Birthing Options for Pregnant Women

As a mother or expectant couple you have so many options when thinking about the types of birth you want to have. These days you have the power to choose a birth plan that suits the beginning you want to give your baby. It is a decision that should be made once armed with all the facts.

Hospital birth is the more conventional option and still the most common. The big choice here is private or public hospital. 60% of women in Australia choose public hospitals, cost is probably a big factor in this decision but there are other things to consider.

At public hospitals caesarean sections are not pushed upon mothers and are only performed when absolutely necessary. There is only an 18-25% likelihood of a caesarean. It is the best option for high-risk pregnancies as there is ready access to specialist care and pain relief. That said there is little continuity in care. You must see which every doctor is available when you arrive and this will usually mean a different doctor on each visit. Mothers are encouraged to stay in bed and not to walk around, especially if they want an epidural. Another issue is partners are not allowed to stay over night in some hospitals and you will be discharged 24hrs after vaginal delivery.

At a private hospital you will know your doctor and have continuous care through the labour and birth. You have access to expert obstetricians and to a caesarean or epidural should you decide you need this. In many private hospitals you are able to stay up to ten days after your birth. In the private system obstetricians are often not at the hospital and need to be call in to attend a birth. Obstetric training is focused on difficulties in labour. Some women dislike the approach and feel pressured into pain relief and caesareans. Lastly, some private hospitals do limit the number of support people you are allowed to have in the room.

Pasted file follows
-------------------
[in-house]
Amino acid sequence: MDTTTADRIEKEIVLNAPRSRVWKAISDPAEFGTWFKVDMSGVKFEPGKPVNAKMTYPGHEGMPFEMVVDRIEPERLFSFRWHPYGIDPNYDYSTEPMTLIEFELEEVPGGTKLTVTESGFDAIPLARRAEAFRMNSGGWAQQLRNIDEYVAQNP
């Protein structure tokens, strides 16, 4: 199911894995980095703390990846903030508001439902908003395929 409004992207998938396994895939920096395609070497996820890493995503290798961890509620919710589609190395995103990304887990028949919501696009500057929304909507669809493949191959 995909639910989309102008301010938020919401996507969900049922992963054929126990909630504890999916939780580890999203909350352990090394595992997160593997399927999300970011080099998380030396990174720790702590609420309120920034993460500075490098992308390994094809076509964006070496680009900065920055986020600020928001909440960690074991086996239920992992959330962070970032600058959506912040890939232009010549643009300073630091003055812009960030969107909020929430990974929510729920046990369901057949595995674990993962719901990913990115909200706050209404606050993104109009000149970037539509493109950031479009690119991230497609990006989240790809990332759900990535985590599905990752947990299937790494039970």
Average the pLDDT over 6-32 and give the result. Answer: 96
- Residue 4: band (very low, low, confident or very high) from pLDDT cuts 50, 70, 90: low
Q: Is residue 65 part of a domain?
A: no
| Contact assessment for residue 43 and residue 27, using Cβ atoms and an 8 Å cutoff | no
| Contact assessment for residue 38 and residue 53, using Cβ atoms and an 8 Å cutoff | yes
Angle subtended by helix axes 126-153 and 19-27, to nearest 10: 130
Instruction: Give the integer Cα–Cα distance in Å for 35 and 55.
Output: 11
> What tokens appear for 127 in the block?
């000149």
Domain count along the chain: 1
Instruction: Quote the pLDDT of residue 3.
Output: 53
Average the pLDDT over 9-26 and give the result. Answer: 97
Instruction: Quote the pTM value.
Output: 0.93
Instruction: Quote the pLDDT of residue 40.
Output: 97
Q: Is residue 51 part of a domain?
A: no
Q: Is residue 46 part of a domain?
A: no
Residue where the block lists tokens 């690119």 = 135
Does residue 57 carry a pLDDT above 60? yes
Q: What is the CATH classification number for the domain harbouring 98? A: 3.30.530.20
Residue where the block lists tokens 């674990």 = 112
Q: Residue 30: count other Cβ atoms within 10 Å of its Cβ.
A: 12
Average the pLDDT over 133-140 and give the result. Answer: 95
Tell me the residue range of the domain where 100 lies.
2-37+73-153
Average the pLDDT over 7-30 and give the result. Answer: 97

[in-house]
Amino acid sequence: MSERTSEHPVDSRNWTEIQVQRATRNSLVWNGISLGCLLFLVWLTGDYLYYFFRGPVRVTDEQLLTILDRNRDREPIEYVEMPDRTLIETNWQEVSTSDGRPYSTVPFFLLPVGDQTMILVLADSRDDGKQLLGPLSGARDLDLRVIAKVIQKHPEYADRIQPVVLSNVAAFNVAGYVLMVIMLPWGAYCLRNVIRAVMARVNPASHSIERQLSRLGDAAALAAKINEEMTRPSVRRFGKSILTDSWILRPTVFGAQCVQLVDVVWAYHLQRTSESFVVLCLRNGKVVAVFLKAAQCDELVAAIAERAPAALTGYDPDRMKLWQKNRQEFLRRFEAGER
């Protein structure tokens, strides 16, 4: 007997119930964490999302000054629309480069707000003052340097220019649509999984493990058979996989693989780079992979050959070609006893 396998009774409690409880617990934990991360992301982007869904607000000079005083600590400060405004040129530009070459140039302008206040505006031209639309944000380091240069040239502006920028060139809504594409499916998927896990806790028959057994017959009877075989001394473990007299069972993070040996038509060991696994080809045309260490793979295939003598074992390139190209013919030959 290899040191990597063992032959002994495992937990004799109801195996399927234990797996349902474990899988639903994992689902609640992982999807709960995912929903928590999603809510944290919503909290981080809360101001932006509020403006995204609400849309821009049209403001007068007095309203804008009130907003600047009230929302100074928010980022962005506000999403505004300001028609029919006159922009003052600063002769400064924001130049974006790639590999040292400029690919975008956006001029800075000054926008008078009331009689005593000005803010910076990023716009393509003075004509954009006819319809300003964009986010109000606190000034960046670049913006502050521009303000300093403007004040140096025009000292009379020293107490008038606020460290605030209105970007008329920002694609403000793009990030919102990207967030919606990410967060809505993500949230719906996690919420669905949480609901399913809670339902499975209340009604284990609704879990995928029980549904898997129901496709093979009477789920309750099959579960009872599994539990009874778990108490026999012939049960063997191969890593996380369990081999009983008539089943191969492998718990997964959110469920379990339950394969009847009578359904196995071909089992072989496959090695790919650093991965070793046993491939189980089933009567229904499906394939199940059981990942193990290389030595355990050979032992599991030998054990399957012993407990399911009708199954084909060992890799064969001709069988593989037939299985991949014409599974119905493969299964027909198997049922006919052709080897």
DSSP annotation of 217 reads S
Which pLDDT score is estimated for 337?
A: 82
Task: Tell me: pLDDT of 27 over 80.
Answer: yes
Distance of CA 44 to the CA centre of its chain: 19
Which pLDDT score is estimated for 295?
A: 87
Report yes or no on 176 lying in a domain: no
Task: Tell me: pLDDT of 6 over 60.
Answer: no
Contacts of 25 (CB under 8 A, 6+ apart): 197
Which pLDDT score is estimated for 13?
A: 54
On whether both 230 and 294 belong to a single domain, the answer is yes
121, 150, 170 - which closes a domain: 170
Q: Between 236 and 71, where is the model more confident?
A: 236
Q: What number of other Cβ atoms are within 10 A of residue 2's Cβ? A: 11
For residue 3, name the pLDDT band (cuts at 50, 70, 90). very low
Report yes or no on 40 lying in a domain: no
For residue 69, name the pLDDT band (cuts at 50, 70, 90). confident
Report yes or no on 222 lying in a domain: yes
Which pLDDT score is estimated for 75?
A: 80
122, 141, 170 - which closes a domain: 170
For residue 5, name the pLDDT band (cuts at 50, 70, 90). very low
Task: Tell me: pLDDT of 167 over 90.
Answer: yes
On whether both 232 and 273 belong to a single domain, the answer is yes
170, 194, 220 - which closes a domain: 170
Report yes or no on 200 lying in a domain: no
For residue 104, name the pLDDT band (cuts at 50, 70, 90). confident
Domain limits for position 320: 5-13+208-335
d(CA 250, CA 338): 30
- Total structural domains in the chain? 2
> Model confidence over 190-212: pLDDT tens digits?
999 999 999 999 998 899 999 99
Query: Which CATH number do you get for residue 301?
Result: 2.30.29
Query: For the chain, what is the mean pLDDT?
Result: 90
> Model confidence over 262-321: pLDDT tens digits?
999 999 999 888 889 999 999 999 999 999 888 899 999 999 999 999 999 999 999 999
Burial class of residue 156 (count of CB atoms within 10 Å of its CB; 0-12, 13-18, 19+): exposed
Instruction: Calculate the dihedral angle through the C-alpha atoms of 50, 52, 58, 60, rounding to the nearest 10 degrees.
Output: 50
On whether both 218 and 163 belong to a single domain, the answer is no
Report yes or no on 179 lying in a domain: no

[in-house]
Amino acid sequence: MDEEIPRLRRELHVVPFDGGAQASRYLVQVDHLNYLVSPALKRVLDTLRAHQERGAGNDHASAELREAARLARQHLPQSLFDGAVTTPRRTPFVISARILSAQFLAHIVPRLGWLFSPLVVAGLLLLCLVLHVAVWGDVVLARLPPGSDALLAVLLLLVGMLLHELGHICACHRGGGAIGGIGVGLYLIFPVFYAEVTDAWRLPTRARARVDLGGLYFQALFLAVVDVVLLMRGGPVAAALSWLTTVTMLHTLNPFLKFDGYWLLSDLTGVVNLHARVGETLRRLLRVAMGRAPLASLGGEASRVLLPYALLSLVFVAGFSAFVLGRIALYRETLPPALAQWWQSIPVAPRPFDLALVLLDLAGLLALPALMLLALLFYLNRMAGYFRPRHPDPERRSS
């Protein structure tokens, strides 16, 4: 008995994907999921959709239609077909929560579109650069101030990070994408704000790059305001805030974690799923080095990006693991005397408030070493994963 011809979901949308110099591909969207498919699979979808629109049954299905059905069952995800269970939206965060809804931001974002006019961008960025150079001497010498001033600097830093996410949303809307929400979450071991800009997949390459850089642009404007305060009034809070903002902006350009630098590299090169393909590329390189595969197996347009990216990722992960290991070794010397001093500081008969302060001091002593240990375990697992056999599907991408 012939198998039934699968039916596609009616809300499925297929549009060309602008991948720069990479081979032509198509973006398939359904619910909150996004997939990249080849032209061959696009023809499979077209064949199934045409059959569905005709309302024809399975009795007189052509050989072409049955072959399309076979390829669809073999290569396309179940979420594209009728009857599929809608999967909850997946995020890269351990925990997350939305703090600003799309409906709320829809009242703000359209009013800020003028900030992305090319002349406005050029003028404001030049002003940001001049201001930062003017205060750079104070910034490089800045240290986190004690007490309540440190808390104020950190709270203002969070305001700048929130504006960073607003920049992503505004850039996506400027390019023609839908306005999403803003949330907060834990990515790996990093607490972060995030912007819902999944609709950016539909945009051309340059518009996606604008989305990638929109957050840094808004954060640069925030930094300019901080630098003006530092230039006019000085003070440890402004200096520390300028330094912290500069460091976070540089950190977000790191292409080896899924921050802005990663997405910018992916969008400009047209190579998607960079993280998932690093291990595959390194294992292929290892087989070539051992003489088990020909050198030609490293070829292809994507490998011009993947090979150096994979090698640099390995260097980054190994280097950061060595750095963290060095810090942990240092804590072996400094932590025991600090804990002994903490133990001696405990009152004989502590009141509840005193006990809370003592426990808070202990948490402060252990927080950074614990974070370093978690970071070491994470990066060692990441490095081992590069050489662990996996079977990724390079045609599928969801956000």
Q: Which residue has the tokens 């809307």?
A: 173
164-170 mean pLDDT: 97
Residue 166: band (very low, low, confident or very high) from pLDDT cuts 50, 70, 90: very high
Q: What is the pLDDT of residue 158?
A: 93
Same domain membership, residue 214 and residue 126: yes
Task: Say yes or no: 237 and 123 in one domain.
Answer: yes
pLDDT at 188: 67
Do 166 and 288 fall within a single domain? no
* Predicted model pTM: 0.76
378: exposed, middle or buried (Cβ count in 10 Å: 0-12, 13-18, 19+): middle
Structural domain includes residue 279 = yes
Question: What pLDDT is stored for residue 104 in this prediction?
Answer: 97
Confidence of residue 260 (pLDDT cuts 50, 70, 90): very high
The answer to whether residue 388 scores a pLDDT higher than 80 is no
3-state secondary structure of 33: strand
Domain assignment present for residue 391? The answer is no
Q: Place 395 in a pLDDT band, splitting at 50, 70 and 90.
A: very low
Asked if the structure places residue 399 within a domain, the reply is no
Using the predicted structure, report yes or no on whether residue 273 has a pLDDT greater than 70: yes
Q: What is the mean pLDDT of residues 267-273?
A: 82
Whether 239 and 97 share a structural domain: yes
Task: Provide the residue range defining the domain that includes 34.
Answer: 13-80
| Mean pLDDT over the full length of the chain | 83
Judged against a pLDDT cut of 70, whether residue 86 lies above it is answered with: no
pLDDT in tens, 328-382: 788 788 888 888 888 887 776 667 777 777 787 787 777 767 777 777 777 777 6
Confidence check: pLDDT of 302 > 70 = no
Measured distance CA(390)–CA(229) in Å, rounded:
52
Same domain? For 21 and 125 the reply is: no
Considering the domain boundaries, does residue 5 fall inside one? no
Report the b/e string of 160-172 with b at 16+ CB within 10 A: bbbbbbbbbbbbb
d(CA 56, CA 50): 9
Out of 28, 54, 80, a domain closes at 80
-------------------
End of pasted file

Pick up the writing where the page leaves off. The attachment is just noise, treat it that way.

Less than 1% of Australian women choose to have their baby at home. A home birth means when you deliver your baby it will be in your home with a midwife. You can have as many people present and you can use whatever techniques for pain management or relaxation your midwife is trained in. Home birth can give you more control over your birthplan and support team. It may be worth considering an independent midwife can cost up to $4000. This option is only suitable for women with low risk pregnancies.

Water birth is an option for women wanting to give birth at home or in some private hospitals. It allows the mother to relax in a water bath, either until delivery or until the baby is born. It is thought the warm water helps to relax the mother and control the labour pains. Water birth is becoming more popular with women who seek to have natural births.

There are many other less conventional birth options for mothers to consider, such as hynpo birth or Lotus birth. There is plenty of information about and parents should seek out options that suit their needs.

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